Jeremy outlines the 6 ways that we use play to learn how to work together. Although, the study was centreed around 2-5 year olds, I think it is quite easy to extrapolate the learnings to the junior youth (those youth, typically at junior high level):
Play is a serious business….
- Unoccupied play: the child is relatively stationary and appears to be performing random movements with no apparent purpose. A relatively infrequent style of play.
- Solitary play: the child is are completely engrossed in playing and does not seem to notice other children. Most often seen in children between 2 and 3 years-old.
- Onlooker play: child takes an interest in other children’s play but does not join in. May ask questions or just talk to other children, but the main activity is simply to watch.
- Parallel play: the child mimics other children’s play but doesn’t actively engage with them. For example they may use the same toy.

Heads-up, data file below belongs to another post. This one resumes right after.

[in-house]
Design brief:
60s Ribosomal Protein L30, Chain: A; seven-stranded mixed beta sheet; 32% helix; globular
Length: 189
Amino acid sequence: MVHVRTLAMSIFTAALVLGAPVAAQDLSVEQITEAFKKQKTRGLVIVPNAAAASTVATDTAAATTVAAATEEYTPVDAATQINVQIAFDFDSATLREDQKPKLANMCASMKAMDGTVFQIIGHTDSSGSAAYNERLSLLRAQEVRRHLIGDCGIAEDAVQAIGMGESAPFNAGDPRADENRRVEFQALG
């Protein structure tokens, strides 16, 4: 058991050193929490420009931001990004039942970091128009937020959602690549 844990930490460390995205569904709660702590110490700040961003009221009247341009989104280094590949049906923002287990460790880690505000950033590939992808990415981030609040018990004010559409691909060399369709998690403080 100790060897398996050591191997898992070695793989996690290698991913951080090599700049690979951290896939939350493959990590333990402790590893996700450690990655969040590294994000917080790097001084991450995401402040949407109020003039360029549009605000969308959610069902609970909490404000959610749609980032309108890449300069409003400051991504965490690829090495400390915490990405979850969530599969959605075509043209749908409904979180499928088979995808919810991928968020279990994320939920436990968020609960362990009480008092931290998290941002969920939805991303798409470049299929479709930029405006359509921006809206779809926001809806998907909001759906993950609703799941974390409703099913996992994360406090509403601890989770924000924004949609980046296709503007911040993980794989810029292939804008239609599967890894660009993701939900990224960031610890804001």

- Associative play: now more interested in each other than the toys they are using. This is the first category that involves strong social interaction between the children while they play.
- Cooperative play: some organisation enters children’s play, for example the playing has some goal and children often adopt roles and act as a group.
He concludes with:
Unlike Jean Piaget who saw children’s play in primarily cognitive developmental terms, Parten emphasised the idea that learning to play is learning how to relate to others.
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